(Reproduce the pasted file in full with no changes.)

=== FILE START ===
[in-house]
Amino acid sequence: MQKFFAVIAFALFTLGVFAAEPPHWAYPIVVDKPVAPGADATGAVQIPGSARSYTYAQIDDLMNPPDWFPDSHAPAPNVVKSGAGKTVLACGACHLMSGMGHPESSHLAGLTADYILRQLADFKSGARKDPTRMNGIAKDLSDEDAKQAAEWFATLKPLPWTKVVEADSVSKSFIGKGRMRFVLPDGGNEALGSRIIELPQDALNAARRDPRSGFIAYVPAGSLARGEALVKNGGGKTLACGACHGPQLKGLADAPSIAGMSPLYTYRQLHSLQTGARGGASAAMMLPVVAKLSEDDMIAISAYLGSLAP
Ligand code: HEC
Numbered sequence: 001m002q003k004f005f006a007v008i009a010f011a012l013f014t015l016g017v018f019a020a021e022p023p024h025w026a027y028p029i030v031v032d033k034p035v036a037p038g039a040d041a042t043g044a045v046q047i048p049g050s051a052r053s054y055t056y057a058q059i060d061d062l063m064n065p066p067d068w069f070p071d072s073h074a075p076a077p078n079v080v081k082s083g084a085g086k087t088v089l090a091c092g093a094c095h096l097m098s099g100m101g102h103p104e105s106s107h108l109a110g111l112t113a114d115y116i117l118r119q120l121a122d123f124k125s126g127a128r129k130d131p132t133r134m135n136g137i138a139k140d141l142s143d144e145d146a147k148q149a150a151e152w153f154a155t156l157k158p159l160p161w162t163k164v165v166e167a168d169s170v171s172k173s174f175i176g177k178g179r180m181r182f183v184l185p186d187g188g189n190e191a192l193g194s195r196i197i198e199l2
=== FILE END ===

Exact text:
[in-house]
Amino acid sequence: MQKFFAVIAFALFTLGVFAAEPPHWAYPIVVDKPVAPGADATGAVQIPGSARSYTYAQIDDLMNPPDWFPDSHAPAPNVVKSGAGKTVLACGACHLMSGMGHPESSHLAGLTADYILRQLADFKSGARKDPTRMNGIAKDLSDEDAKQAAEWFATLKPLPWTKVVEADSVSKSFIGKGRMRFVLPDGGNEALGSRIIELPQDALNAARRDPRSGFIAYVPAGSLARGEALVKNGGGKTLACGACHGPQLKGLADAPSIAGMSPLYTYRQLHSLQTGARGGASAAMMLPVVAKLSEDDMIAISAYLGSLAP
Ligand code: HEC
Numbered sequence: 001m002q003k004f005f006a007v008i009a010f011a012l013f014t015l016g017v018f019a020a021e022p023p024h025w026a027y028p029i030v031v032d033k034p035v036a037p038g039a040d041a042t043g044a045v046q047i048p049g050s051a052r053s054y055t056y057a058q059i060d061d062l063m064n065p066p067d068w069f070p071d072s073h074a075p076a077p078n079v080v081k082s083g084a085g086k087t088v089l090a091c092g093a094c095h096l097m098s099g100m101g102h103p104e105s106s107h108l109a110g111l112t113a114d115y116i117l118r119q120l121a122d123f124k125s126g127a128r129k130d131p132t133r134m135n136g137i138a139k140d141l142s143d144e145d146a147k148q149a150a151e152w153f154a155t156l157k158p159l160p161w162t163k164v165v166e167a168d169s170v171s172k173s174f175i176g177k178g179r180m181r182f183v184l185p186d187g188g189n190e191a192l193g194s195r196i197i198e199l2